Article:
Canadians donated far less to federal political parties in height of coronavirus pandemic

Parliament Hill in Ottawa on Tuesday, July 21, 2020. MP's returned to the House of Commons for a second day in a row to deal with another round of COVID-19 measures. THE CANADIAN PRESS/Sean Kilpatrick

Newly released figures show the two biggest federal political parties are seeing a drop in donations this year as the COVID-19 pandemic continues to impact the lives and pocket books of Canadians.

Second quarter financial returns released by Elections Canada this week show the Liberals and Conservatives took in less money between April and June — when the economy was virtually shut down and Canadians were hunkered in their homes to avoid the spread of the deadly novel coronavirus — than during the same period two years ago.

But despite the significant financial impacts the pandemic has had on many Canadians, political donations have not entirely dried up.

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The Conservatives pulled in $4 million in the second quarter of this year, down from $6 million raised in the same time period in 2018, the last non-election year, while The Liberals took in $2.6 million, down from $3.1 million in 2018.

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Donations are always highest during election years so comparisons with 2019 would not be relevant.

The NDP, Bloc and Green parties, meanwhile, saw slight increases in their donations compared to 2018. The New Democrats received $1.3 million compared to just $964,000 two years ago, the Green party took in $721,000 in second quarter, up from $572,000, and the Bloc received $134,000, up from a meagre $44,000 two years ago.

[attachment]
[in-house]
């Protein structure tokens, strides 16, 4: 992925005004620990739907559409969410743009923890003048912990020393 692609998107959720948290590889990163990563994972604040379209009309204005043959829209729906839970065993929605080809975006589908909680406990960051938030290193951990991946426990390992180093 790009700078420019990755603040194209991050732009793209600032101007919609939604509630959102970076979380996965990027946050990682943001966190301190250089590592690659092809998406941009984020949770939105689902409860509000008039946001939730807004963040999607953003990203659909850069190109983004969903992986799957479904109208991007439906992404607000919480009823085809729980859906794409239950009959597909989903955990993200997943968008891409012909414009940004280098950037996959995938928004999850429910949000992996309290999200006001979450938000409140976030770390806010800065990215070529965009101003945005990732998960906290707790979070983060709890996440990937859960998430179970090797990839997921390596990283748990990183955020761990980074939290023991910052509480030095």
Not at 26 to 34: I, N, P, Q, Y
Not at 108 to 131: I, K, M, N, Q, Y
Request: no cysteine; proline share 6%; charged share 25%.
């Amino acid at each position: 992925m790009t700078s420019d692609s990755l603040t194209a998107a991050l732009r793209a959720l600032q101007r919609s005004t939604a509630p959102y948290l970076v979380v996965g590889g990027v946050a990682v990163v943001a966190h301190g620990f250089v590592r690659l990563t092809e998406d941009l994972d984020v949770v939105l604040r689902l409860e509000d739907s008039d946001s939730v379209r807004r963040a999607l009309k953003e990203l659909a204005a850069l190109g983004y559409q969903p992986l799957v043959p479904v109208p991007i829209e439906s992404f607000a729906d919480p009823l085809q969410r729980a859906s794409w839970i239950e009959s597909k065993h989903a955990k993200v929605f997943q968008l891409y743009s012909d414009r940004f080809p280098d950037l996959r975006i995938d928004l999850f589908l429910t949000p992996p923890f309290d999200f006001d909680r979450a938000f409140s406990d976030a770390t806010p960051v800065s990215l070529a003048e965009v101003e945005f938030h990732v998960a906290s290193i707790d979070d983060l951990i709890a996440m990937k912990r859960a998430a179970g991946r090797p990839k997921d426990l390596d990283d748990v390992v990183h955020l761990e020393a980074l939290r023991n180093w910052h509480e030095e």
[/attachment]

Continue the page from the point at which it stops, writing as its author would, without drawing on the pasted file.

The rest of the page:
The numbers offer the first significant look into how the pandemic has affected the fundraising efforts of federal political parties.

Parties had to halt their in-person fundraising events in March after the country went into lockdown. Emails and other messages soliciting money from donors were also temporarily suspended or altered to encourage people to pitch in only if they can.

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“We know that not everyone is in a position to give right now, and that’s OK. Your involvement means the world to our whole team and we’re so grateful to have you standing with us no matter what,” one Liberal party email sent in May told supporters.

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“If you’re able, though, please show your support and chip in $5 today to support our progress for Canadians (or whatever amount feels right for you at the moment).”

These messages have shifted in recent weeks to more traditional pushes for support as pandemic restrictions have lifted and businesses have started reopening.

The Conservatives have also begun asking party faithful to chip in to an “early election fund,” with the message that the Liberals “could call an election at any time.”


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